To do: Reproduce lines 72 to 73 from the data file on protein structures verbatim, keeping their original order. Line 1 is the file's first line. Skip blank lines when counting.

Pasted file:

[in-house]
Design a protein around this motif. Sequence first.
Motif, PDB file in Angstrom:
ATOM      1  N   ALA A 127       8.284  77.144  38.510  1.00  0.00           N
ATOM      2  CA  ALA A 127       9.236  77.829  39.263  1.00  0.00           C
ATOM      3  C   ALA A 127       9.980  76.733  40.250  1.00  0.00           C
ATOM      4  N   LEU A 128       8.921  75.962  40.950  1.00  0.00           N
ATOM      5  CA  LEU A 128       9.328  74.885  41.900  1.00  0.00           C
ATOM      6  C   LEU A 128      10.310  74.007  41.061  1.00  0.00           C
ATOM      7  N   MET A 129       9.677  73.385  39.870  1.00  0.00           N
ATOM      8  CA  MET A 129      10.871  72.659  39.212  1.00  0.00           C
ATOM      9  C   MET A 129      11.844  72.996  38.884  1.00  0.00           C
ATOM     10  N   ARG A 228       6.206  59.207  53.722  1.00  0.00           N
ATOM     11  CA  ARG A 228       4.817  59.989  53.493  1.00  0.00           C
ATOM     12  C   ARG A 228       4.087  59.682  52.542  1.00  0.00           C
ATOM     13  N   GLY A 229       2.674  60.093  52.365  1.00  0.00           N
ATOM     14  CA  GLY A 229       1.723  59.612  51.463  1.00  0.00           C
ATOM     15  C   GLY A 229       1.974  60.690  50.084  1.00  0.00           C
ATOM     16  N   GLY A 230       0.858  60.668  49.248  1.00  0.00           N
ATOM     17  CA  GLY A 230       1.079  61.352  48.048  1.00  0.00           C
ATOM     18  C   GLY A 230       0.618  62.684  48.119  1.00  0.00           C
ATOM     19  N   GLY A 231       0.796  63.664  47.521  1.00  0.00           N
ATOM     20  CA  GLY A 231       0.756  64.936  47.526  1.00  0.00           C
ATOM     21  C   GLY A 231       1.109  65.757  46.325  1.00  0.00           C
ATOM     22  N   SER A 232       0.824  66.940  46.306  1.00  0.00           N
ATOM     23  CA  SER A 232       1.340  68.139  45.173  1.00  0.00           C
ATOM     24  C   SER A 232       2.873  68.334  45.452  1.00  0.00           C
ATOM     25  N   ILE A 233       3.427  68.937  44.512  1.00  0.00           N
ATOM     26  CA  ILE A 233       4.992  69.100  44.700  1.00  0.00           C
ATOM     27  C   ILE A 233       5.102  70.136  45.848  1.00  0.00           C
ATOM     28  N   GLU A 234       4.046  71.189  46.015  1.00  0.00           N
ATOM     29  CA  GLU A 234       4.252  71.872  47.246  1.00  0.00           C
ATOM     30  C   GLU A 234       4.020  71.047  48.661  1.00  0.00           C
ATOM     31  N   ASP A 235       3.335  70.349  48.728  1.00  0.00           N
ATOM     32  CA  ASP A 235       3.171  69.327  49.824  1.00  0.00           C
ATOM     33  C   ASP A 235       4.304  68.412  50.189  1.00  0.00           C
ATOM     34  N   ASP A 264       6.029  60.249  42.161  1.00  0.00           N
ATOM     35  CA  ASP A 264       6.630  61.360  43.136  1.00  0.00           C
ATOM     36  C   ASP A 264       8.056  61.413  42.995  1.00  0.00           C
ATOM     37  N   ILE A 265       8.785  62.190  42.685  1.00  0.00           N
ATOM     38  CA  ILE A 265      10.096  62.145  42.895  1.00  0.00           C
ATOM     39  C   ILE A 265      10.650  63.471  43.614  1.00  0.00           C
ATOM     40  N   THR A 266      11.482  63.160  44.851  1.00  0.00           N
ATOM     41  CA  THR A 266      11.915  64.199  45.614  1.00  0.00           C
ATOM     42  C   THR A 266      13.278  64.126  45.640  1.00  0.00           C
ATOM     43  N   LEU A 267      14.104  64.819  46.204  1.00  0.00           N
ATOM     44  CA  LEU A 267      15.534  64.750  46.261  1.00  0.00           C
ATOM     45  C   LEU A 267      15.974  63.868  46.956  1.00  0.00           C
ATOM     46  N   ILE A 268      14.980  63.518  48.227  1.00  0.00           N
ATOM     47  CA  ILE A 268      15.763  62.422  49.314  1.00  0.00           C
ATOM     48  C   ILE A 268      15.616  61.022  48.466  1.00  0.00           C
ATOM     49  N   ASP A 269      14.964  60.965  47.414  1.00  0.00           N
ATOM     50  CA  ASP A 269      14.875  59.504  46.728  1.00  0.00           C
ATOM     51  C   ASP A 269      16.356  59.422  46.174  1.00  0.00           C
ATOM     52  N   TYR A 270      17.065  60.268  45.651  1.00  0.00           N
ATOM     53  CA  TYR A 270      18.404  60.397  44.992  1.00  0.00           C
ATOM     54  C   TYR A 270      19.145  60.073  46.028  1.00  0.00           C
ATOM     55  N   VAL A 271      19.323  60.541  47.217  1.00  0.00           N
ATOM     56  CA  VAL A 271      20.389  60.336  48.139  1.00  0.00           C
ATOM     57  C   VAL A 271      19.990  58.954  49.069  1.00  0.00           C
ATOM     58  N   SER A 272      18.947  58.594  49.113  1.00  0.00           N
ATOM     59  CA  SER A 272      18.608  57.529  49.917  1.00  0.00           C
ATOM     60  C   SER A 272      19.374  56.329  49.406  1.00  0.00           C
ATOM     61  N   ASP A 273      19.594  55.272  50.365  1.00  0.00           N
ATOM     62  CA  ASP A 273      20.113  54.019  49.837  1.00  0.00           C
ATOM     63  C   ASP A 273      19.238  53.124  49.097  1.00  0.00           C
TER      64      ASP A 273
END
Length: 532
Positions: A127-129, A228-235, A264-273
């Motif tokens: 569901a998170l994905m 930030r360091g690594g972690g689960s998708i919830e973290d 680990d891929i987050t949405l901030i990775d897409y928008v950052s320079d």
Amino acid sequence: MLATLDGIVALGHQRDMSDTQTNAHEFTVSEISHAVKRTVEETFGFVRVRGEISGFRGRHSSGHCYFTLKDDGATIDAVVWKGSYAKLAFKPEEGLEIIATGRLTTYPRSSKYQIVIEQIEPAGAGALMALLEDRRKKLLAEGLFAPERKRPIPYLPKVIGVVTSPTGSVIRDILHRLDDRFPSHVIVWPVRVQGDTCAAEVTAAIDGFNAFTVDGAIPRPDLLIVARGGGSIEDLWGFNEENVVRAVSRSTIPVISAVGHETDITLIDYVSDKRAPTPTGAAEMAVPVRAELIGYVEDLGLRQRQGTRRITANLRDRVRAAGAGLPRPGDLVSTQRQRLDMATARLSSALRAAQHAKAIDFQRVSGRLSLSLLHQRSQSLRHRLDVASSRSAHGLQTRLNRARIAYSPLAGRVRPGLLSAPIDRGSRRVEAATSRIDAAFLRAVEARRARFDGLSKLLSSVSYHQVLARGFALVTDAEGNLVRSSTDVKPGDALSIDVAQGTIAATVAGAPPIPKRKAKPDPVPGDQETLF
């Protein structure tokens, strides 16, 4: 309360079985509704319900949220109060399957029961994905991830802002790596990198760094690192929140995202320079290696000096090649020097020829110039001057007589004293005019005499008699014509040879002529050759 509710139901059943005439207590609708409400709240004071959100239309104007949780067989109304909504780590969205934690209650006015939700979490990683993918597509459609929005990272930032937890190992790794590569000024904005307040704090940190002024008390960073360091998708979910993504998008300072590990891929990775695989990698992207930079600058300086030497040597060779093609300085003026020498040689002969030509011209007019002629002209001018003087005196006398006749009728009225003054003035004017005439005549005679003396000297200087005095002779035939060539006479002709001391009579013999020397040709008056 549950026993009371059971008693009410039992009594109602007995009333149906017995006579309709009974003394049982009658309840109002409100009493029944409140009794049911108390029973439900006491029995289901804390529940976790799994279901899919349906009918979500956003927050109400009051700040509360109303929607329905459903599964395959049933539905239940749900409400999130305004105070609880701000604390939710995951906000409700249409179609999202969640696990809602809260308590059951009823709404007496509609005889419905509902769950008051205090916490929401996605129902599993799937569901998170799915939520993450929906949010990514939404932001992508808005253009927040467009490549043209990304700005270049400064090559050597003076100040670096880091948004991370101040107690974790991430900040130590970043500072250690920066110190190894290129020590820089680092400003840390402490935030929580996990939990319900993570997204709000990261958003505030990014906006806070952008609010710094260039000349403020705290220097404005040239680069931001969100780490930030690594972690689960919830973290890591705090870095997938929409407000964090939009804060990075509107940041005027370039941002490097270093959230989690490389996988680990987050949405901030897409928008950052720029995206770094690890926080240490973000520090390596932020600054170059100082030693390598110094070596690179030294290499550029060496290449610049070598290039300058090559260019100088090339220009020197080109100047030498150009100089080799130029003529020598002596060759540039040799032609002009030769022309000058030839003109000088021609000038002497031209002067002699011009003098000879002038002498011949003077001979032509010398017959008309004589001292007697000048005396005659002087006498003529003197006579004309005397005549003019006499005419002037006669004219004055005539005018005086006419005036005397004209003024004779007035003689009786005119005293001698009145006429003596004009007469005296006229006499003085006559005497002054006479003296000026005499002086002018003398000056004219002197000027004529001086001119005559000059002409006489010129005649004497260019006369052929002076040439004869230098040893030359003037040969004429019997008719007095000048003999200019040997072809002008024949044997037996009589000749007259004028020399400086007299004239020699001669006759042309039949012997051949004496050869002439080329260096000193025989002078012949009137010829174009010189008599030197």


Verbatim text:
Amino acid sequence: MLATLDGIVALGHQRDMSDTQTNAHEFTVSEISHAVKRTVEETFGFVRVRGEISGFRGRHSSGHCYFTLKDDGATIDAVVWKGSYAKLAFKPEEGLEIIATGRLTTYPRSSKYQIVIEQIEPAGAGALMALLEDRRKKLLAEGLFAPERKRPIPYLPKVIGVVTSPTGSVIRDILHRLDDRFPSHVIVWPVRVQGDTCAAEVTAAIDGFNAFTVDGAIPRPDLLIVARGGGSIEDLWGFNEENVVRAVSRSTIPVISAVGHETDITLIDYVSDKRAPTPTGAAEMAVPVRAELIGYVEDLGLRQRQGTRRITANLRDRVRAAGAGLPRPGDLVSTQRQRLDMATARLSSALRAAQHAKAIDFQRVSGRLSLSLLHQRSQSLRHRLDVASSRSAHGLQTRLNRARIAYSPLAGRVRPGLLSAPIDRGSRRVEAATSRIDAAFLRAVEARRARFDGLSKLLSSVSYHQVLARGFALVTDAEGNLVRSSTDVKPGDALSIDVAQGTIAATVAGAPPIPKRKAKPDPVPGDQETLF
């Protein structure tokens, strides 16, 4: 309360079985509704319900949220109060399957029961994905991830802002790596990198760094690192929140995202320079290696000096090649020097020829110039001057007589004293005019005499008699014509040879002529050759 509710139901059943005439207590609708409400709240004071959100239309104007949780067989109304909504780590969205934690209650006015939700979490990683993918597509459609929005990272930032937890190992790794590569000024904005307040704090940190002024008390960073360091998708979910993504998008300072590990891929990775695989990698992207930079600058300086030497040597060779093609300085003026020498040689002969030509011209007019002629002209001018003087005196006398006749009728009225003054003035004017005439005549005679003396000297200087005095002779035939060539006479002709001391009579013999020397040709008056 549950026993009371059971008693009410039992009594109602007995009333149906017995006579309709009974003394049982009658309840109002409100009493029944409140009794049911108390029973439900006491029995289901804390529940976790799994279901899919349906009918979500956003927050109400009051700040509360109303929607329905459903599964395959049933539905239940749900409400999130305004105070609880701000604390939710995951906000409700249409179609999202969640696990809602809260308590059951009823709404007496509609005889419905509902769950008051205090916490929401996605129902599993799937569901998170799915939520993450929906949010990514939404932001992508808005253009927040467009490549043209990304700005270049400064090559050597003076100040670096880091948004991370101040107690974790991430900040130590970043500072250690920066110190190894290129020590820089680092400003840390402490935030929580996990939990319900993570997204709000990261958003505030990014906006806070952008609010710094260039000349403020705290220097404005040239680069931001969100780490930030690594972690689960919830973290890591705090870095997938929409407000964090939009804060990075509107940041005027370039941002490097270093959230989690490389996988680990987050949405901030897409928008950052720029995206770094690890926080240490973000520090390596932020600054170059100082030693390598110094070596690179030294290499550029060496290449610049070598290039300058090559260019100088090339220009020197080109100047030498150009100089080799130029003529020598002596060759540039040799032609002009030769022309000058030839003109000088021609000038002497031209002067002699011009003098000879002038002498011949003077001979032509010398017959008309004589001292007697000048005396005659002087006498003529003197006579004309005397005549003019006499005419002037006669004219004055005539005018005086006419005036005397004209003024004779007035003689009786005119005293001698009145006429003596004009007469005296006229006499003085006559005497002054006479003296000026005499002086002018003398000056004219002197000027004529001086001119005559000059002409006489010129005649004497260019006369052929002076040439004869230098040893030359003037040969004429019997008719007095000048003999200019040997072809002008024949044997037996009589000749007259004028020399400086007299004239020699001669006759042309039949012997051949004496050869002439080329260096000193025989002078012949009137010829174009010189008599030197």